King Leopold's shadow still haunts the DRC - but its politics remains persistent
Illustration credit: Bethan Chinn

Inside the Africa Museum in Brussels stand statues dedicated to King Leopold II – a man whose rule saw the slaughter of as many as 10 million Congolese people. Most people are unaware of the atrocities committed under King Leopold II’s rule. However, for those living in the Democratic Republic of the Congo (DRC), there remains stark and daily reminders of a colonial past and its present-day implications. 

While corruption is often cited as the primary reason behind the DRC’s slowed development, there is another hidden storyline behind the disrupted growth of the resource-rich nation. 

For context, it is essential to understand the events that led to King Leopold II’s brutal regime in the Congo. How was such an awful man allowed to take control of a country?

King Leopold II’s rule in the Congo (formerly known as the Independent State of the Congo) began with the Berlin Conference, which took place between 1884-1885. The conference involved the gathering of major European nations to divide up the continent of Africa, negotiating which countries received which land. The glaring injustice was that there was no African representation, meaning that they had no say in the matter. 

In attendance was King Leopold II – not on behalf of Belgium, but instead to sew together his deal. Leopold’s country had not been in support of his ideas for imperialism, which only sweetened the deal for the King, who was happy to keep all the profits for himself.

With the backing of several major countries, King Leopold II was in a commanding position to begin ruling the Congo – a nation whose supply of rubber and ivory was plentiful.

King Leopold and his army were tough and enforced strict laws by which the Congolese people had to live their life. Nearly impossible quotas had to be met – and the rules had to be strictly followed. Otherwise, one would either be shot dead or endure mutilation by having their hand chopped off as a trophy for the Belgian King. However, the effects of this disturbing leadership remain in the DRC, even after 60 years of independence.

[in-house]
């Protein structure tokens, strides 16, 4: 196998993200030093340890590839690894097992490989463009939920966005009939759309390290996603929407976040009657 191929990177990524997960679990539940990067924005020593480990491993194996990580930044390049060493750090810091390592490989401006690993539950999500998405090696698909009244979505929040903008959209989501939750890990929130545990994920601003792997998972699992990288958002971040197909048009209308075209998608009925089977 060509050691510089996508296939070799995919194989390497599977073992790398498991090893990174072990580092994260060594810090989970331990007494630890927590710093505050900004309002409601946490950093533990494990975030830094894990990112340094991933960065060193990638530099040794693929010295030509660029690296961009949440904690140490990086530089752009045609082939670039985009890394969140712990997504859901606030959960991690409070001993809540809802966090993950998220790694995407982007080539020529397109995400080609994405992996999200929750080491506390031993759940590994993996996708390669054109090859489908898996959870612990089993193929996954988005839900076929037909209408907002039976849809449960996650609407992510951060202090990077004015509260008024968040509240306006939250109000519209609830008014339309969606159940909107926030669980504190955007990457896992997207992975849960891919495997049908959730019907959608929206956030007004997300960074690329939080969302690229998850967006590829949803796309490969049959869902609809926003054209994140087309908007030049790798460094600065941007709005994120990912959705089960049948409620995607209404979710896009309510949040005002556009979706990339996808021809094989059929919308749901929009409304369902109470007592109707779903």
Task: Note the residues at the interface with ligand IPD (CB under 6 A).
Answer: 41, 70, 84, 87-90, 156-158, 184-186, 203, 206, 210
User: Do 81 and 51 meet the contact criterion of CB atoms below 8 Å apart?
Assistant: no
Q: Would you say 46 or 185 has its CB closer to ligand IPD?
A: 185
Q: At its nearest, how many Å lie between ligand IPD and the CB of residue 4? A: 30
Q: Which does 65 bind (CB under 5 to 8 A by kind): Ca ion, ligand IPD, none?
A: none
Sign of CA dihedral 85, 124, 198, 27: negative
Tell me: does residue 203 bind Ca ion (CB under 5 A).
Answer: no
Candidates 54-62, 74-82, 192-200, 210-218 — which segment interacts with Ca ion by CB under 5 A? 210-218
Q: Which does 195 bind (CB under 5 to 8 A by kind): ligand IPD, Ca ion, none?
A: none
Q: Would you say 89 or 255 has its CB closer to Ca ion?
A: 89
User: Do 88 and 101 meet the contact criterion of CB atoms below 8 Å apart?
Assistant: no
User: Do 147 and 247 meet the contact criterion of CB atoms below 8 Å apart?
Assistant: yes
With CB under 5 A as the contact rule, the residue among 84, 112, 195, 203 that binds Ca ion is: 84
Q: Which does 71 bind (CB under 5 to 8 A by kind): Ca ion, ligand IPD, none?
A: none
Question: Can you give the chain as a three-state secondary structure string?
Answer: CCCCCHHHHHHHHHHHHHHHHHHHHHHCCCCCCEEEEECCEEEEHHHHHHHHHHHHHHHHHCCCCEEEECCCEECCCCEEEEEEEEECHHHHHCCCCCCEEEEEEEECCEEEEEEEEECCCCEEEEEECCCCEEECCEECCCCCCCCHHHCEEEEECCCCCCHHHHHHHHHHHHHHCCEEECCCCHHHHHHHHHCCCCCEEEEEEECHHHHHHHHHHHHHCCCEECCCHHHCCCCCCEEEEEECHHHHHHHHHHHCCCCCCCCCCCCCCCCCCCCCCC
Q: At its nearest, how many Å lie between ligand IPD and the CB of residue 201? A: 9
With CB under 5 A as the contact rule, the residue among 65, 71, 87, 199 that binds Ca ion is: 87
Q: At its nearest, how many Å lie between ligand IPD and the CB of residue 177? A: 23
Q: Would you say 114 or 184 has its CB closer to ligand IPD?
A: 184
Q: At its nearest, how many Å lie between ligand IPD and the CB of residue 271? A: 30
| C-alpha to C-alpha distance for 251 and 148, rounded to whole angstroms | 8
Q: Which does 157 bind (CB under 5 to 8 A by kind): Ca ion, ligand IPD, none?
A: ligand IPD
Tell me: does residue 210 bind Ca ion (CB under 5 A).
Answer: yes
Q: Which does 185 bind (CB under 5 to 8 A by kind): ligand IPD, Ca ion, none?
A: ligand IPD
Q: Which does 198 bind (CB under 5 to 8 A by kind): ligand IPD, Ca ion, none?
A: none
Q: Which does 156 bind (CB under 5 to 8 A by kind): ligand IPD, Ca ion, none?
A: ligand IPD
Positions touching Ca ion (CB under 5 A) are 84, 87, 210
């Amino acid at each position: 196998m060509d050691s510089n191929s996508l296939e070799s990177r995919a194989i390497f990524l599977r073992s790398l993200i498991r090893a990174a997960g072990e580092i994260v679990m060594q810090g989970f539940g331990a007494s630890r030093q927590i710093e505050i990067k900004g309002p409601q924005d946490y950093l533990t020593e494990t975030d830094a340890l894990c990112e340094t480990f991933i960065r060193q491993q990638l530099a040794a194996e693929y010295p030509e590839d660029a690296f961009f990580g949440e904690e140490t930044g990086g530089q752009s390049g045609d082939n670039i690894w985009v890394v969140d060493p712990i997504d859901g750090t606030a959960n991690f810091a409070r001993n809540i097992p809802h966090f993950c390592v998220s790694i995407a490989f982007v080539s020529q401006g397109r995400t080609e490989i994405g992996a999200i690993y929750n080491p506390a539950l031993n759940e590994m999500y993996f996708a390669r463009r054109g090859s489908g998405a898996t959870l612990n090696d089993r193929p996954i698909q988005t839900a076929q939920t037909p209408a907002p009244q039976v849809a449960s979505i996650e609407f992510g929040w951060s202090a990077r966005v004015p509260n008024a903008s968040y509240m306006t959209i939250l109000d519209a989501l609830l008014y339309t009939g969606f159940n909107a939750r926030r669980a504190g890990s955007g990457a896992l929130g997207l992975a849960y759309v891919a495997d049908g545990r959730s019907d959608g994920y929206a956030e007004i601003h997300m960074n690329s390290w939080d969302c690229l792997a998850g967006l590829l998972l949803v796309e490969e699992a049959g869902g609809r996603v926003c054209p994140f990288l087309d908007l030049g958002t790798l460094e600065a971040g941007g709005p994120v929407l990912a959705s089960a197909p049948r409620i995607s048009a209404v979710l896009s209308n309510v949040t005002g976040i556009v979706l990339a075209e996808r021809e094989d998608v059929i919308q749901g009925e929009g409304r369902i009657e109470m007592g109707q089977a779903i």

With an estimated debt of $12.5 billion, the DRC has struggled immensely since the end of Leopold’s regime. In the direct aftermath of the King’s leadership, many Congolese people lacked a stable form of education and found it hard to find work to sustain themselves. This weakened the economy massively and ensured that the politics of the country represented only a small group of people. 

“Congo will keep persisting, no matter the challenge or circumstance”

The DRC was left in a state of turmoil following the end of colonial rule. Different ideologies began to arise from various groups of people, leaving the political scene with two crucial parties: the army and the Congolese Nationalist Movement. However, due to their lack of organisation, both parties were often at odds with one another which was ultimately no more evident than with the torture and assassination of the Congo’s well-liked and promising inaugural leader, Patrice Lumumba, at the hands of the army. Lumumba had been an advocate for Pan-Africanism, a movement which aims to unite the whole of Africa as one. The movement did not appease the army who had a more nationalist view on the situation. 

Despite all this and against the odds, Congo remains a country, even in the modern-day. The nation and its people have dealt with the devastation of war, the terrible effects of colonialism, constant stereotyping from the West, and have now begun to educate the youth on a widespread scale.

King Leopold had not just ensured that universal education was unavailable to most of the population, but also displaced many Congolese people, even within their own country, burning down villages without warning in order to make space for cash crop farms. 

This led to poor infrastructure in the country. With the help of the charity, Congo has been able to accumulate enough funds to begin looking at efforts to better the lacklustre infrastructure. With the development of hospitals, houses, offices and hotels, it seems that the Congolese government is focusing on elevating itself through increased infrastructure in various areas, making a safer, and more attractive place to visit. 

In addition to this, following in Pakistan’s stride, Congo has begun efforts to improve the tourism sector in the country, aiming to cultivate a business industry, all the while bringing money and investment into the nation. Given the natural and unstated beauty of Congo’s countryside, this is a step in the right direction and could provide some much-needed funds for investment in other areas. 

Another side to an important story is presented once you understand the history behind Congo and its dark colonial past: while the country is riddled with corruption, there have been other significant contributors to the still-existing poverty. However, one thing, above all, is most evident: Congo will keep persisting, no matter the challenge or circumstance.